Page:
# Change in internal energy and reversible paths between states

As I understand it, the relation (1) $$dU = TdS - pdV + \sum_{i} \mu_idN_i$$ always holds, even for irreversible paths. The justification seems to be that (2) "$$U, S, V, N_1, N_2, ...$$ are all state variables." I sort of intuitively see how (1) follows from (2) but I would like a more rigorous explanation of it. I was thinking that, IF it is possible to find a reversible path with the same starting point (a) and endpoint (b) as any arbitrary (possibly non-reversible) path, then we have $$\int_a^b TdS - pdV + \sum_{i} \mu_idN_i = \int_a^bdQ +dW = \int_a^b dU$$. In the limit, for infinitesimal processes, we should have $$TdS - pdV + \sum_{i} \mu_idN_i = dU$$.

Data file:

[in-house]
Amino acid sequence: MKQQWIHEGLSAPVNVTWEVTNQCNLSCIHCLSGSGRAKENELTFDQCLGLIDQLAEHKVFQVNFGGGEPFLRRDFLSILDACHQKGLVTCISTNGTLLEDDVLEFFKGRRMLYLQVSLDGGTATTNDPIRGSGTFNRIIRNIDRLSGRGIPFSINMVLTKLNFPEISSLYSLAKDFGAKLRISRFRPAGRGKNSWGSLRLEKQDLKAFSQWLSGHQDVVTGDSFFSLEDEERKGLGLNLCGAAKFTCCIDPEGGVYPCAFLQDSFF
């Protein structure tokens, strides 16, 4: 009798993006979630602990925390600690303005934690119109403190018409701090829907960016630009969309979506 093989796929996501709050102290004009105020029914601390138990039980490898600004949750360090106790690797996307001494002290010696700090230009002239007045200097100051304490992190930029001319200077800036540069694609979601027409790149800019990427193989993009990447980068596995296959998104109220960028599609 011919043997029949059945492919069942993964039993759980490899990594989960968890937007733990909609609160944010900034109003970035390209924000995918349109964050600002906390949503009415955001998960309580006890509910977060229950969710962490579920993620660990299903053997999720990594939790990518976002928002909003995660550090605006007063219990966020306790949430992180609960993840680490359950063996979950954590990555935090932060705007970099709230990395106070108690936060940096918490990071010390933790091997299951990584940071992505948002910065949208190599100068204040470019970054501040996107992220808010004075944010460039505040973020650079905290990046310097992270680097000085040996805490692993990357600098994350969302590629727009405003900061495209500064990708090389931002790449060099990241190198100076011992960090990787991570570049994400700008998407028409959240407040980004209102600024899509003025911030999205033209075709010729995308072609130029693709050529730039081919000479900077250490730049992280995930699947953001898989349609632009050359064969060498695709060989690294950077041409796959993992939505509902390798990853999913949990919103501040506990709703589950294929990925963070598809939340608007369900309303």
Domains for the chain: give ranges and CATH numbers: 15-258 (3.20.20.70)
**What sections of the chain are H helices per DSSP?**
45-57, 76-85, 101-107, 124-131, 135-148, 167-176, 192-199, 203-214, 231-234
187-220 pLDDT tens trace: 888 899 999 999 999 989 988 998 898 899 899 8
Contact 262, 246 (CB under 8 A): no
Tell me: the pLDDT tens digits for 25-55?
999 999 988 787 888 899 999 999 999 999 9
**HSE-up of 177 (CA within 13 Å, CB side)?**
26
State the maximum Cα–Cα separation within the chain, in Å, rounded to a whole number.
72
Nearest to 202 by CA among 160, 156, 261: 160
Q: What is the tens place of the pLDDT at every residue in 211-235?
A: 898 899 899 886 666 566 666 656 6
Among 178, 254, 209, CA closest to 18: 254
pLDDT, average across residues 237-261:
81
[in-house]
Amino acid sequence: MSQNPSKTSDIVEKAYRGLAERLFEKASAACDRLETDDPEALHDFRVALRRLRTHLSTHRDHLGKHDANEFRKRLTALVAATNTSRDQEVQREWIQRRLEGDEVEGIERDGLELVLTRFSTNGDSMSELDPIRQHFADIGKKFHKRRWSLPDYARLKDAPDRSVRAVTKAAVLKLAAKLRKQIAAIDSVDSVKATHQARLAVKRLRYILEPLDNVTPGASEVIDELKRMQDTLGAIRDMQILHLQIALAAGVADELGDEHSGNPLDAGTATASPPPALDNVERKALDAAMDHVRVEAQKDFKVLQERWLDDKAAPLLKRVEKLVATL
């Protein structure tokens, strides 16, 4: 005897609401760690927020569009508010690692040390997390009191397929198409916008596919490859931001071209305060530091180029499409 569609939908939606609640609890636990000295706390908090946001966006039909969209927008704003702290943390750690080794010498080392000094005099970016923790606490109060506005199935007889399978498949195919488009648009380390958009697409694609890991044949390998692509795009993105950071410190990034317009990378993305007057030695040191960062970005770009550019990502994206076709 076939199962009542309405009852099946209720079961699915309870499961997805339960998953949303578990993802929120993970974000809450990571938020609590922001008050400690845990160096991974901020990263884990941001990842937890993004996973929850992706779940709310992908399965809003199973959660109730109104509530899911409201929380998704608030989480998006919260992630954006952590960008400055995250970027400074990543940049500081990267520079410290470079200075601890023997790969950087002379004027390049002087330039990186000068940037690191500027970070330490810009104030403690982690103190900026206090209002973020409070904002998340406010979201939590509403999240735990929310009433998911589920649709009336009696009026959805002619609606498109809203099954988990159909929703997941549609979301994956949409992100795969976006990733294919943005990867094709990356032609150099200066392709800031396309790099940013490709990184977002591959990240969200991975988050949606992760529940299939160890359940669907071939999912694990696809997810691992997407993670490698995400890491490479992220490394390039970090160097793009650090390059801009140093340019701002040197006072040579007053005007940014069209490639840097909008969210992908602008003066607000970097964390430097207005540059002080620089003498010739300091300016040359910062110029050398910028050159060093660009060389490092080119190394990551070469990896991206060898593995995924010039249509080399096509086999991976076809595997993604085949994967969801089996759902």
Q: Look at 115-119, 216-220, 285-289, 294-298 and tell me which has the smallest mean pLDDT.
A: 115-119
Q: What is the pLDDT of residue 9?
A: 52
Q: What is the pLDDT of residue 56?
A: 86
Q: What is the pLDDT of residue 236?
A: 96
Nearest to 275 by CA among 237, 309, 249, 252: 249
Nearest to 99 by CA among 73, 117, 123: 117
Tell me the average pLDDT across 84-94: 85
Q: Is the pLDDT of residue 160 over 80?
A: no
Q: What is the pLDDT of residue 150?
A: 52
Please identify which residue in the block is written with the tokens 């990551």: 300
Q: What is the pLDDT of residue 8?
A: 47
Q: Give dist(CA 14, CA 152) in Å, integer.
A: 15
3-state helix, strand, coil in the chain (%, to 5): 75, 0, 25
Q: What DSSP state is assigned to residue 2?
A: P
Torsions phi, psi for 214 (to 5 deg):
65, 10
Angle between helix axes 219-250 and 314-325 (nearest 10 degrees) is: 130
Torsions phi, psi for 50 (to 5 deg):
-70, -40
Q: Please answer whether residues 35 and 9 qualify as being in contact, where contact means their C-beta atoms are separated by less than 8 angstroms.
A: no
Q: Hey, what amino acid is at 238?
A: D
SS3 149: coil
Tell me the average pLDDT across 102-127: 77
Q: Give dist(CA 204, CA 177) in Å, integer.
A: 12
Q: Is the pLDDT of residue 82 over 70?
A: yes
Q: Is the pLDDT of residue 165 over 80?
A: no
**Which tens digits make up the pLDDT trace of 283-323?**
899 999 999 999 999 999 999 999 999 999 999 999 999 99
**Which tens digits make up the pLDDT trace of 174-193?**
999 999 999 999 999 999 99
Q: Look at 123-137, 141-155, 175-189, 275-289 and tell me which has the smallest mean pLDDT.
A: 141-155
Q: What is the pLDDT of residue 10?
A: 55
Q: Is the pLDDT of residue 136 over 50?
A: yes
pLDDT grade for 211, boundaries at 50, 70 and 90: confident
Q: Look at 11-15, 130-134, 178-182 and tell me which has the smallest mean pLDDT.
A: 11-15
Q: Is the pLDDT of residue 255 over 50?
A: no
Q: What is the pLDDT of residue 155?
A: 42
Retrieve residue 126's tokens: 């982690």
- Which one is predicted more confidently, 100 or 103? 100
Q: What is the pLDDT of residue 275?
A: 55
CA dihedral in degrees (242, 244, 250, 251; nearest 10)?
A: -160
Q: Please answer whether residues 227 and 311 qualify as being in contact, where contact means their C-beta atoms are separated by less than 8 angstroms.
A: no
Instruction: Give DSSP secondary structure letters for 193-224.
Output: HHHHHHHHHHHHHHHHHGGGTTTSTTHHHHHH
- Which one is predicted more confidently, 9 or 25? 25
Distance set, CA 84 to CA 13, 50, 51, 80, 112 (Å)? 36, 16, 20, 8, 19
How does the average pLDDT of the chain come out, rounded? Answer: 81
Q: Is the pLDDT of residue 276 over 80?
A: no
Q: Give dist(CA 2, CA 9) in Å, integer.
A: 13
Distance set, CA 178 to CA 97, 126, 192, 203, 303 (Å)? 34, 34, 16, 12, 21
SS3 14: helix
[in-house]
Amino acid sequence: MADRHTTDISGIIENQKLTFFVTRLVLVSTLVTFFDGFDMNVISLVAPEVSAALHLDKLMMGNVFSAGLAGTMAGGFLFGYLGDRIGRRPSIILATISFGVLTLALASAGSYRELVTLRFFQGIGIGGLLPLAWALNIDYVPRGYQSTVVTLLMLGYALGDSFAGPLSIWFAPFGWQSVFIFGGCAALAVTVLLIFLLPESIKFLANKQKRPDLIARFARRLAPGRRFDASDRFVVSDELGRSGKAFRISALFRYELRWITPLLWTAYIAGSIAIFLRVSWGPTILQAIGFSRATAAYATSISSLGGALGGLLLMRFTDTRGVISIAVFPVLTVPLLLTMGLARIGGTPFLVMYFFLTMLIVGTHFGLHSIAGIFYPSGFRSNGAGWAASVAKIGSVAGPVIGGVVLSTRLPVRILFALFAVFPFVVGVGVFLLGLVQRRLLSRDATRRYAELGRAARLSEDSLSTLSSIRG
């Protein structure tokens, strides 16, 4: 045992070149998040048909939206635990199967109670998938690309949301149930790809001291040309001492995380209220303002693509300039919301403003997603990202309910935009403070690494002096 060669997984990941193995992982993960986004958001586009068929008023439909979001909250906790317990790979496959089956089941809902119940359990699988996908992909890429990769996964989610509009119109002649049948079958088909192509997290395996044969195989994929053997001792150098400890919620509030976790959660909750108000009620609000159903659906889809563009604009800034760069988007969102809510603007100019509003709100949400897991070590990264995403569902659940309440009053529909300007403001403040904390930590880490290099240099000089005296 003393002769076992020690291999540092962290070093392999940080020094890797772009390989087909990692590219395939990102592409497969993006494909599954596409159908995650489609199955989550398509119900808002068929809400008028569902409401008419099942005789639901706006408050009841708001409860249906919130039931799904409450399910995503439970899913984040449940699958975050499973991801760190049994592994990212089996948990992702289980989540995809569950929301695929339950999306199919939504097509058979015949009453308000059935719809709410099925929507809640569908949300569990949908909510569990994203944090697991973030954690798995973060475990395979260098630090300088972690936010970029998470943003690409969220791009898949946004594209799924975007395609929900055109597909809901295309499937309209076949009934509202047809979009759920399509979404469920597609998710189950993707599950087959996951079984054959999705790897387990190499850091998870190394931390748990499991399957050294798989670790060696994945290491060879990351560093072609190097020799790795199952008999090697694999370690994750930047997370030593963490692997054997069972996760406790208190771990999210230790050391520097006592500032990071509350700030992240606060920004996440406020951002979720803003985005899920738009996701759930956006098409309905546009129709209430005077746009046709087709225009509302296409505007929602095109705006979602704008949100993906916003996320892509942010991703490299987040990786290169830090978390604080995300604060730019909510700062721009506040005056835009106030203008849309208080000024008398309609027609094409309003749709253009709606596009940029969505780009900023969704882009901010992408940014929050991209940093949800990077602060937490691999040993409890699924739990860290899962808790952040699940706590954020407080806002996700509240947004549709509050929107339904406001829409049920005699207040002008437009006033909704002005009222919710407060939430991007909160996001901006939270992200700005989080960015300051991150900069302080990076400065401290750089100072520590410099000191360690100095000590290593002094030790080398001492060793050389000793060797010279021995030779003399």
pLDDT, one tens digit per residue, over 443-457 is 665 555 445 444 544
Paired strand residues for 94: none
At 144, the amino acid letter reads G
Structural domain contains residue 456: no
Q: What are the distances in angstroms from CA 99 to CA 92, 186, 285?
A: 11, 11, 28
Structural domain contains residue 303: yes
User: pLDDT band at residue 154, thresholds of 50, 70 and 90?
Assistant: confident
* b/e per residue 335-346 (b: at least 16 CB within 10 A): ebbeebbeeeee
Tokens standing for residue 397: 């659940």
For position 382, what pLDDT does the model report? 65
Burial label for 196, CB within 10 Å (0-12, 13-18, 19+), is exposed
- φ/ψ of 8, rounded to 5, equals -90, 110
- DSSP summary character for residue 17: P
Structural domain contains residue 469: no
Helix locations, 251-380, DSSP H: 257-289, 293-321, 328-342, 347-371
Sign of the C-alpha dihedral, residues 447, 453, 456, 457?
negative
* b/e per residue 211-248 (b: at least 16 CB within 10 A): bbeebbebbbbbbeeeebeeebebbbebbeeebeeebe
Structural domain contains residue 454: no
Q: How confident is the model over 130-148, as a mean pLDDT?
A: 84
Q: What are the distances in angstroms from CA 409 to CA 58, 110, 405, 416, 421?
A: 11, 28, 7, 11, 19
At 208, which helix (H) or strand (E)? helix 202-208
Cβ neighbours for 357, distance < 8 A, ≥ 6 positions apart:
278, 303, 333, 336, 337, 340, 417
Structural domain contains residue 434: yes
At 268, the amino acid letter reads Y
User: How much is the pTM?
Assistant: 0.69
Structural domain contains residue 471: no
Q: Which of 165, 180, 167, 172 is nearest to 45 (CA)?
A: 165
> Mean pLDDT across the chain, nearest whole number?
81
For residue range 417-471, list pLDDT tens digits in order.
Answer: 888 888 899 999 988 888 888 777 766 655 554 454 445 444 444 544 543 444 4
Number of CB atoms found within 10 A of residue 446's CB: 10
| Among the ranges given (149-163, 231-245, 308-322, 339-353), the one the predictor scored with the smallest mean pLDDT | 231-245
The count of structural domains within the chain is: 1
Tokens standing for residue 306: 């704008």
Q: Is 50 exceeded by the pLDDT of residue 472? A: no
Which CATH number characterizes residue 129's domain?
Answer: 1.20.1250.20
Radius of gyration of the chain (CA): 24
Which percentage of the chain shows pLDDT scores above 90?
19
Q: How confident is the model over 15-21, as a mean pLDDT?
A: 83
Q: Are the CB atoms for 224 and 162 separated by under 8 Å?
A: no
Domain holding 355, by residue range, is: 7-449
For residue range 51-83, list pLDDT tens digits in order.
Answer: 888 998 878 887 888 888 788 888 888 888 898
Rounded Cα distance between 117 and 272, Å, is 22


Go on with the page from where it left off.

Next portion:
The problem is that I'm not sure that there always is a reversible path corresponding to any arbitrary non-reversible path (this related question doesn’t seem to have a satisfying answer). For instance, if $$\Delta G < 0$$ between point (a) and (b), then every path between (a) and (b) has a negative Gibbs free energy and is presumably not reversible (I may be wrong about this since $$\Delta G < 0$$ implies non-reversibly under the assumption of constant p and T).

A. Does there always exist a reversible path between two states? And if so, does my reasoning about why (2) implies (1) seem correct?

B. If not are there any other (rigorous) ways of explaining why (2) implies (1)?